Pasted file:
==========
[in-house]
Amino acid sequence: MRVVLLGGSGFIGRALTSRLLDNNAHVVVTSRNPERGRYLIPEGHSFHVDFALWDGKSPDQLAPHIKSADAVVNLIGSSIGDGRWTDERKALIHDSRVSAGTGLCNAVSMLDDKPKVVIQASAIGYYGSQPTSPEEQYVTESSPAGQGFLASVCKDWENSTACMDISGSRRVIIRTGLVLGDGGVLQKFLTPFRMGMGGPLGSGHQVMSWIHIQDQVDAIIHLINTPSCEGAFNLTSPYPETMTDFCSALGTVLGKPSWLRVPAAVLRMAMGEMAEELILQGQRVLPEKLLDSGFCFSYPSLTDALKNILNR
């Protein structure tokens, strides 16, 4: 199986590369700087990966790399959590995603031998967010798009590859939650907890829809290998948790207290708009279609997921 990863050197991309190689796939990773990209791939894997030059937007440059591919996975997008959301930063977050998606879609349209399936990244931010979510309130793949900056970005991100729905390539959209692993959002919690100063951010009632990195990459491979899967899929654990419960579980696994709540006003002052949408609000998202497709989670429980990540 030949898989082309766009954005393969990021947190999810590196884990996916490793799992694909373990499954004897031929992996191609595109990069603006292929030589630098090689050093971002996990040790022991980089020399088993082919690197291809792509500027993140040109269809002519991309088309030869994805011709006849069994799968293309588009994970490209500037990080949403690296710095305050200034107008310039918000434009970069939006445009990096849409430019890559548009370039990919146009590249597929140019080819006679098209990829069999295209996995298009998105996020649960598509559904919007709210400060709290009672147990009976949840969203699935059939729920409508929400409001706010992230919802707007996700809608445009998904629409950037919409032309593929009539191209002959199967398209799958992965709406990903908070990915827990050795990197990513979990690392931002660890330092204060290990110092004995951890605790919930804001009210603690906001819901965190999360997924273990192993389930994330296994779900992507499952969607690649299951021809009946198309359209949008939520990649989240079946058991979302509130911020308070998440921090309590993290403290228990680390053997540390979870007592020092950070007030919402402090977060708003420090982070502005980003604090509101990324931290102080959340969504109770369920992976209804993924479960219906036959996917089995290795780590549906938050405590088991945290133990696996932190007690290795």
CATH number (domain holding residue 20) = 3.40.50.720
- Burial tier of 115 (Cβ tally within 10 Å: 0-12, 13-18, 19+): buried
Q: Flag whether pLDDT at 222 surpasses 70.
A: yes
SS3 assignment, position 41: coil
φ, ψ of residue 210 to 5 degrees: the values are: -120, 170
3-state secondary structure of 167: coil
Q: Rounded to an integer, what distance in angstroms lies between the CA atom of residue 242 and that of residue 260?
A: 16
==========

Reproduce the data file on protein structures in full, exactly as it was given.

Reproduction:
[in-house]
Amino acid sequence: MRVVLLGGSGFIGRALTSRLLDNNAHVVVTSRNPERGRYLIPEGHSFHVDFALWDGKSPDQLAPHIKSADAVVNLIGSSIGDGRWTDERKALIHDSRVSAGTGLCNAVSMLDDKPKVVIQASAIGYYGSQPTSPEEQYVTESSPAGQGFLASVCKDWENSTACMDISGSRRVIIRTGLVLGDGGVLQKFLTPFRMGMGGPLGSGHQVMSWIHIQDQVDAIIHLINTPSCEGAFNLTSPYPETMTDFCSALGTVLGKPSWLRVPAAVLRMAMGEMAEELILQGQRVLPEKLLDSGFCFSYPSLTDALKNILNR
């Protein structure tokens, strides 16, 4: 199986590369700087990966790399959590995603031998967010798009590859939650907890829809290998948790207290708009279609997921 990863050197991309190689796939990773990209791939894997030059937007440059591919996975997008959301930063977050998606879609349209399936990244931010979510309130793949900056970005991100729905390539959209692993959002919690100063951010009632990195990459491979899967899929654990419960579980696994709540006003002052949408609000998202497709989670429980990540 030949898989082309766009954005393969990021947190999810590196884990996916490793799992694909373990499954004897031929992996191609595109990069603006292929030589630098090689050093971002996990040790022991980089020399088993082919690197291809792509500027993140040109269809002519991309088309030869994805011709006849069994799968293309588009994970490209500037990080949403690296710095305050200034107008310039918000434009970069939006445009990096849409430019890559548009370039990919146009590249597929140019080819006679098209990829069999295209996995298009998105996020649960598509559904919007709210400060709290009672147990009976949840969203699935059939729920409508929400409001706010992230919802707007996700809608445009998904629409950037919409032309593929009539191209002959199967398209799958992965709406990903908070990915827990050795990197990513979990690392931002660890330092204060290990110092004995951890605790919930804001009210603690906001819901965190999360997924273990192993389930994330296994779900992507499952969607690649299951021809009946198309359209949008939520990649989240079946058991979302509130911020308070998440921090309590993290403290228990680390053997540390979870007592020092950070007030919402402090977060708003420090982070502005980003604090509101990324931290102080959340969504109770369920992976209804993924479960219906036959996917089995290795780590549906938050405590088991945290133990696996932190007690290795």
CATH number (domain holding residue 20) = 3.40.50.720
- Burial tier of 115 (Cβ tally within 10 Å: 0-12, 13-18, 19+): buried
Q: Flag whether pLDDT at 222 surpasses 70.
A: yes
SS3 assignment, position 41: coil
φ, ψ of residue 210 to 5 degrees: the values are: -120, 170
3-state secondary structure of 167: coil
Q: Rounded to an integer, what distance in angstroms lies between the CA atom of residue 242 and that of residue 260?
A: 16